McDonnell Douglas F-4E Phantom II by Hasegawa

1/72 scale
Kit No. CT2:900
Cost: $12.00
Decals: Two versions – both U.S. Air Force
Comments: Sparrow missiles only; mix of engraved and raised panel lines; TISEO target acquisition camera; choice of standard or low-visibility decals with shark’s mouth option.

History

The McDonnell Douglas F-4 Phantom II was a tandem two-seat, twin-engine, all-weather, long-range supersonic jet interceptor/fighter-bomber originally developed for the United States Navy by McDonnell Aircraft. One of the best known and most recognizable post-World War II jet fighters in the world, it first entered service in 1961 with the U.S. Navy. Proving highly adaptable, it was also adopted by the U.S. Marine Corps and the U.S. Air Force (a rare development at the time, given the traditional inter-service rivalry, and an indicator of the superb nature of the aircraft) — by the mid-1960s it had become a major part of their respective air wings. Beginning in 1959, it set 15 world records for in-flight performance, including an absolute speed record, and an absolute altitude record.

The Phantom was a large fighter with a top speed of over Mach 2.2. It could carry more than 18,000 pounds (8,400 kg) of weapons on nine external hardpoints, including air-to-air missiles, air-to-ground missiles, and various bombs. The F-4, like other interceptors of its time, was initially designed without an internal cannon. Later models, beginning with the F-4E, which appeared in 1968, incorporated an M61 Vulcan rotary cannon. During the Vietnam War, the F-4 was used extensively; it served as the principal air superiority fighter for both the Navy and Air Force, and became important in the ground-attack and aerial reconnaissance roles late in the war.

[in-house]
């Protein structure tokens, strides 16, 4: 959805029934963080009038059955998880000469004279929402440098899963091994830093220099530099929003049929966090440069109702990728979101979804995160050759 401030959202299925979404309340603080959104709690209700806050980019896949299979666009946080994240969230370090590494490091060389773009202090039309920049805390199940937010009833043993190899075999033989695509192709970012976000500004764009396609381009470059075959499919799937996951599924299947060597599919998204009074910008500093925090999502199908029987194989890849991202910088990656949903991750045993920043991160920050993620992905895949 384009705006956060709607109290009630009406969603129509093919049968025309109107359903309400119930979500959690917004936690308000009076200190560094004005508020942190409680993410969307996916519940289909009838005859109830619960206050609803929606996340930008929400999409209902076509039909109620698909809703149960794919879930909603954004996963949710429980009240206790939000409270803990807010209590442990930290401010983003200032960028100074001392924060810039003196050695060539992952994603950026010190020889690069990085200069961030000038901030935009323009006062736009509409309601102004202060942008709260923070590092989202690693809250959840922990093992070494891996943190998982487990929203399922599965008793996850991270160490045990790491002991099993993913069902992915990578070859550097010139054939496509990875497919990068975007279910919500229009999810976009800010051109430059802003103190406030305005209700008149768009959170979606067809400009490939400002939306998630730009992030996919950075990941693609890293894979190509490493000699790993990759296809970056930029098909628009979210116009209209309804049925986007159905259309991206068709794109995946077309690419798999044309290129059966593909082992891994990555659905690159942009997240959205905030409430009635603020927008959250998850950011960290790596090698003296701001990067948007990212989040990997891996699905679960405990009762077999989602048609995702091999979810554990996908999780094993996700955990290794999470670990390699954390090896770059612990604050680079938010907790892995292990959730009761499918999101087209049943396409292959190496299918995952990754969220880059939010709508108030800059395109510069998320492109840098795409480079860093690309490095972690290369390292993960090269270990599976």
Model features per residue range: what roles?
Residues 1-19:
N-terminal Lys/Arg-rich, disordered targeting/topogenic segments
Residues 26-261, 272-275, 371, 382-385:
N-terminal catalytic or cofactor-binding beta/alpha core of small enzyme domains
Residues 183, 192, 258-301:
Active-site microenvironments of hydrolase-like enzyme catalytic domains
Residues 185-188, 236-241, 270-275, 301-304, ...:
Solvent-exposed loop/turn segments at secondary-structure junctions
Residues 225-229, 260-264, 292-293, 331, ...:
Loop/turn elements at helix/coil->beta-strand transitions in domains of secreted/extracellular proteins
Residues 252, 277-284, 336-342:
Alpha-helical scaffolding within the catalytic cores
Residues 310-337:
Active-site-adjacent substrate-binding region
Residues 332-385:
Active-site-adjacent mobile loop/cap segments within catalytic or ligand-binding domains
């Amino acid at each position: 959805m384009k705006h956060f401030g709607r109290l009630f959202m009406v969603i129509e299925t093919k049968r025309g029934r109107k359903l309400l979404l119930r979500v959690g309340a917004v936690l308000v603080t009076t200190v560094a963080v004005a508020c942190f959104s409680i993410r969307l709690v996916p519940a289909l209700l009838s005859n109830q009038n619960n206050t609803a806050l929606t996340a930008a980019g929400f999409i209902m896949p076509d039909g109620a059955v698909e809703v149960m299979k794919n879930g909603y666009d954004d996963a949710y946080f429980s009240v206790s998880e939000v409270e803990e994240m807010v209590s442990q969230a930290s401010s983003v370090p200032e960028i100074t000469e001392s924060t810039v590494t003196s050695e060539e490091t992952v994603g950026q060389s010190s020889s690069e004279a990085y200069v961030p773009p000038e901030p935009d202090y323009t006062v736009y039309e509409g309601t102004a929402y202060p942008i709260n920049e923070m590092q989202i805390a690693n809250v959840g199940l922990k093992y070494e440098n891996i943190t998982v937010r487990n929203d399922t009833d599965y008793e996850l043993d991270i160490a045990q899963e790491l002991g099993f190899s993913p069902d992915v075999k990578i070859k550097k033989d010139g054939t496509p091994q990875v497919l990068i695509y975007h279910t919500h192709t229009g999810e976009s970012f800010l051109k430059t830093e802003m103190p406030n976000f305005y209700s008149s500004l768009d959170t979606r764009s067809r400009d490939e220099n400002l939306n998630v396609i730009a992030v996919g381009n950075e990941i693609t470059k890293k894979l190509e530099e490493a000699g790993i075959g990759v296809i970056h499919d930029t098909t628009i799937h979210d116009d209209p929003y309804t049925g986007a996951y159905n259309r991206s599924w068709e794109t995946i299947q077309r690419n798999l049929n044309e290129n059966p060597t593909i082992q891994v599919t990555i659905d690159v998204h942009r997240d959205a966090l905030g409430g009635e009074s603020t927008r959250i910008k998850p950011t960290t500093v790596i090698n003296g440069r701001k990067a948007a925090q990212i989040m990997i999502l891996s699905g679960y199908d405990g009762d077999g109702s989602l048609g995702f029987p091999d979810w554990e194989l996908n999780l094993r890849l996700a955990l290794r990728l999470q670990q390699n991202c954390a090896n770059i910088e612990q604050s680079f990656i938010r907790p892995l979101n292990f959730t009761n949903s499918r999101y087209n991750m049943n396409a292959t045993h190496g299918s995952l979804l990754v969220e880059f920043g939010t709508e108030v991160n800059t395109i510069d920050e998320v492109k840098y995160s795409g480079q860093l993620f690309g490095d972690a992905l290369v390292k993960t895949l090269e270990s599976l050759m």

The F-4E was a direct, if late, response to the experience that the non-gun-equipped F-4B’s, C’s and D’s experienced over Vietnam when tangling with smaller, older, more agile and gun-equipped MiG-17’s and -19’s — encounters that could quickly become dangerous for the F-4 pilots when they closed with MiG’s in dogfight conditions at distances that were inside the minimum range that Sidewinder and Sparrow missiles needed to arm themselves.  At those distances, guns were both deadly and essential to survival. 20 mm gun pods, slung on the F-4’s center line in place of a belly tank, were employed as a stop-gap, but this ad hoc field modification was woefully inaccurate unless firing at a target head-on at close range.  According to one pilot’s description, the gun pod “scattered rounds all over the sky.”  The F-4E, which was years in development, represented a return to more traditional approach by integrating a gun into the basic airframe design.

The Kit

If you are a fan of the gun-nosed Phantom, then Hasegawa’s F-4E is for you. 67 pieces of grey injection molded plastic and a decal sheet for two versions of the F-4E make up the kit. Unlike some Hasegawa kits of this scale, there are a pair instrument panels with raised detail. In addition, there is a small amount of raised detail on the side instrument panels that are molded as part of the cockpit tub. The arrestor hook is separately molded.